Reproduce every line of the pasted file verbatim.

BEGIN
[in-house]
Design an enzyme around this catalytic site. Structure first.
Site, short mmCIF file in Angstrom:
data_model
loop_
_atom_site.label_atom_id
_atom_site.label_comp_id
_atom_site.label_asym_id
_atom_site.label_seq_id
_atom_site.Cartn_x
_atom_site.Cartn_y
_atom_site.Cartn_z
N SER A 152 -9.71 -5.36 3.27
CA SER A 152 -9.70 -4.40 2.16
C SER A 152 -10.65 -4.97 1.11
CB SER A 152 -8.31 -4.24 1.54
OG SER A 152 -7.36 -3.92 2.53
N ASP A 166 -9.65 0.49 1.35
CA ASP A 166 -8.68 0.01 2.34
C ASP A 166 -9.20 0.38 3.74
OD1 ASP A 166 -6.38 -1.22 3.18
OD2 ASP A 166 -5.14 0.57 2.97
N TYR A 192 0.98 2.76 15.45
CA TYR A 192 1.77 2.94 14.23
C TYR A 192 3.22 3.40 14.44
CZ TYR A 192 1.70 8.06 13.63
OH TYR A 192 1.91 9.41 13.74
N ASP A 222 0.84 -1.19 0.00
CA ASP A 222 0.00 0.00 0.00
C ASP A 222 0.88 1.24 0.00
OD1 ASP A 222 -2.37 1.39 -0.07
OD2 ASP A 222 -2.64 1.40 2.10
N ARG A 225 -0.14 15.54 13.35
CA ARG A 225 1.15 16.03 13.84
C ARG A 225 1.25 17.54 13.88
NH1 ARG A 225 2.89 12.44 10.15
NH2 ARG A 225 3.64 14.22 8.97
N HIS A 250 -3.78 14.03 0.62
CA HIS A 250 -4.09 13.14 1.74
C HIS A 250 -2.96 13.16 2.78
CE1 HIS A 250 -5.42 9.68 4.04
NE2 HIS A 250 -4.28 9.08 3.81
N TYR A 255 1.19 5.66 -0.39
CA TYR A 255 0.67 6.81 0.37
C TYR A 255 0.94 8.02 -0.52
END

[in-house]
Design an enzyme around this catalytic site. Structure first.
Site, short mmCIF file in Angstrom:
data_model
loop_
_atom_site.label_atom_id
_atom_site.label_comp_id
_atom_site.label_asym_id
_atom_site.label_seq_id
_atom_site.Cartn_x
_atom_site.Cartn_y
_atom_site.Cartn_z
N SER A 152 -9.71 -5.36 3.27
CA SER A 152 -9.70 -4.40 2.16
C SER A 152 -10.65 -4.97 1.11
CB SER A 152 -8.31 -4.24 1.54
OG SER A 152 -7.36 -3.92 2.53
N ASP A 166 -9.65 0.49 1.35
CA ASP A 166 -8.68 0.01 2.34
C ASP A 166 -9.20 0.38 3.74
OD1 ASP A 166 -6.38 -1.22 3.18
OD2 ASP A 166 -5.14 0.57 2.97
N TYR A 192 0.98 2.76 15.45
CA TYR A 192 1.77 2.94 14.23
C TYR A 192 3.22 3.40 14.44
CZ TYR A 192 1.70 8.06 13.63
OH TYR A 192 1.91 9.41 13.74
N ASP A 222 0.84 -1.19 0.00
CA ASP A 222 0.00 0.00 0.00
C ASP A 222 0.88 1.24 0.00
OD1 ASP A 222 -2.37 1.39 -0.07
OD2 ASP A 222 -2.64 1.40 2.10
N ARG A 225 -0.14 15.54 13.35
CA ARG A 225 1.15 16.03 13.84
C ARG A 225 1.25 17.54 13.88
NH1 ARG A 225 2.89 12.44 10.15
NH2 ARG A 225 3.64 14.22 8.97
N HIS A 250 -3.78 14.03 0.62
CA HIS A 250 -4.09 13.14 1.74
C HIS A 250 -2.96 13.16 2.78
CE1 HIS A 250 -5.42 9.68 4.04
NE2 HIS A 250 -4.28 9.08 3.81
N TYR A 255 1.19 5.66 -0.39
CA TYR A 255 0.67 6.81 0.37
C TYR A 255 0.94 8.02 -0.52